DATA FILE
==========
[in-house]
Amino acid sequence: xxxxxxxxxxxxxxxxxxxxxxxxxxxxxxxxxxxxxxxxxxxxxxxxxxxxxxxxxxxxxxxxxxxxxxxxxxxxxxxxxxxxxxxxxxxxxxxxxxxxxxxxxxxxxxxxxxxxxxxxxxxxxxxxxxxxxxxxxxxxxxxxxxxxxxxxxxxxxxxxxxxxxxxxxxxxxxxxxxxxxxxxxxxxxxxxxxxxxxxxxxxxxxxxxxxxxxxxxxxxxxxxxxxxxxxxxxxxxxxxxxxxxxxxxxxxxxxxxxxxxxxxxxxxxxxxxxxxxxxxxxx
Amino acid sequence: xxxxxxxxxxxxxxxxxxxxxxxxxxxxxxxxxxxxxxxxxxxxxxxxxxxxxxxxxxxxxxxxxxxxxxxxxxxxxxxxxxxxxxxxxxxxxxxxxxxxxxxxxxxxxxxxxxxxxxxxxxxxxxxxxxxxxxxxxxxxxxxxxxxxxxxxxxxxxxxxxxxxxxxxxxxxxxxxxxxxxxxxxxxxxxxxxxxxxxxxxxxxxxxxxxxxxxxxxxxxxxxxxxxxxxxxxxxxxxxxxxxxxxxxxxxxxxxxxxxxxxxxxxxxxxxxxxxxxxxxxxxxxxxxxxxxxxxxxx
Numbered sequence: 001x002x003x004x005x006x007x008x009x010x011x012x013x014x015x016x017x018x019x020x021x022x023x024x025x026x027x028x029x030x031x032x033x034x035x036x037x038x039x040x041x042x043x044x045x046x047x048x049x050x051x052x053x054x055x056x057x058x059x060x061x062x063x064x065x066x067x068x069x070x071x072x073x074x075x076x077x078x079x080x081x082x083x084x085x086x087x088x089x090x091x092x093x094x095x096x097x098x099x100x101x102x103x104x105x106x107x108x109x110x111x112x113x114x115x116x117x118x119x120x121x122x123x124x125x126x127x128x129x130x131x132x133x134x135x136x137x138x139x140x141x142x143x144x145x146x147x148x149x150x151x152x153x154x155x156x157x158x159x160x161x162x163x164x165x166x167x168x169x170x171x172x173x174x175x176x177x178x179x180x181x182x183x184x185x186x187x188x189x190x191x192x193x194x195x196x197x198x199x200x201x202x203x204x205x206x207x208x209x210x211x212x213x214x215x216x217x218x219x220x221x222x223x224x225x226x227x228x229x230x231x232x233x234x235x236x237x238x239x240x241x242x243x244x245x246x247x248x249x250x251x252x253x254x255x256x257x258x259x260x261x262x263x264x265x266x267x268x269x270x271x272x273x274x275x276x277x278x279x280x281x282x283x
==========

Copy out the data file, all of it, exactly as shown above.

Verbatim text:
[in-house]
Amino acid sequence: xxxxxxxxxxxxxxxxxxxxxxxxxxxxxxxxxxxxxxxxxxxxxxxxxxxxxxxxxxxxxxxxxxxxxxxxxxxxxxxxxxxxxxxxxxxxxxxxxxxxxxxxxxxxxxxxxxxxxxxxxxxxxxxxxxxxxxxxxxxxxxxxxxxxxxxxxxxxxxxxxxxxxxxxxxxxxxxxxxxxxxxxxxxxxxxxxxxxxxxxxxxxxxxxxxxxxxxxxxxxxxxxxxxxxxxxxxxxxxxxxxxxxxxxxxxxxxxxxxxxxxxxxxxxxxxxxxxxxxxxxxx
Amino acid sequence: xxxxxxxxxxxxxxxxxxxxxxxxxxxxxxxxxxxxxxxxxxxxxxxxxxxxxxxxxxxxxxxxxxxxxxxxxxxxxxxxxxxxxxxxxxxxxxxxxxxxxxxxxxxxxxxxxxxxxxxxxxxxxxxxxxxxxxxxxxxxxxxxxxxxxxxxxxxxxxxxxxxxxxxxxxxxxxxxxxxxxxxxxxxxxxxxxxxxxxxxxxxxxxxxxxxxxxxxxxxxxxxxxxxxxxxxxxxxxxxxxxxxxxxxxxxxxxxxxxxxxxxxxxxxxxxxxxxxxxxxxxxxxxxxxxxxxxxxxx
Numbered sequence: 001x002x003x004x005x006x007x008x009x010x011x012x013x014x015x016x017x018x019x020x021x022x023x024x025x026x027x028x029x030x031x032x033x034x035x036x037x038x039x040x041x042x043x044x045x046x047x048x049x050x051x052x053x054x055x056x057x058x059x060x061x062x063x064x065x066x067x068x069x070x071x072x073x074x075x076x077x078x079x080x081x082x083x084x085x086x087x088x089x090x091x092x093x094x095x096x097x098x099x100x101x102x103x104x105x106x107x108x109x110x111x112x113x114x115x116x117x118x119x120x121x122x123x124x125x126x127x128x129x130x131x132x133x134x135x136x137x138x139x140x141x142x143x144x145x146x147x148x149x150x151x152x153x154x155x156x157x158x159x160x161x162x163x164x165x166x167x168x169x170x171x172x173x174x175x176x177x178x179x180x181x182x183x184x185x186x187x188x189x190x191x192x193x194x195x196x197x198x199x200x201x202x203x204x205x206x207x208x209x210x211x212x213x214x215x216x217x218x219x220x221x222x223x224x225x226x227x228x229x230x231x232x233x234x235x236x237x238x239x240x241x242x243x244x245x246x247x248x249x250x251x252x253x254x255x256x257x258x259x260x261x262x263x264x265x266x267x268x269x270x271x272x273x274x275x276x277x278x279x280x281x282x283x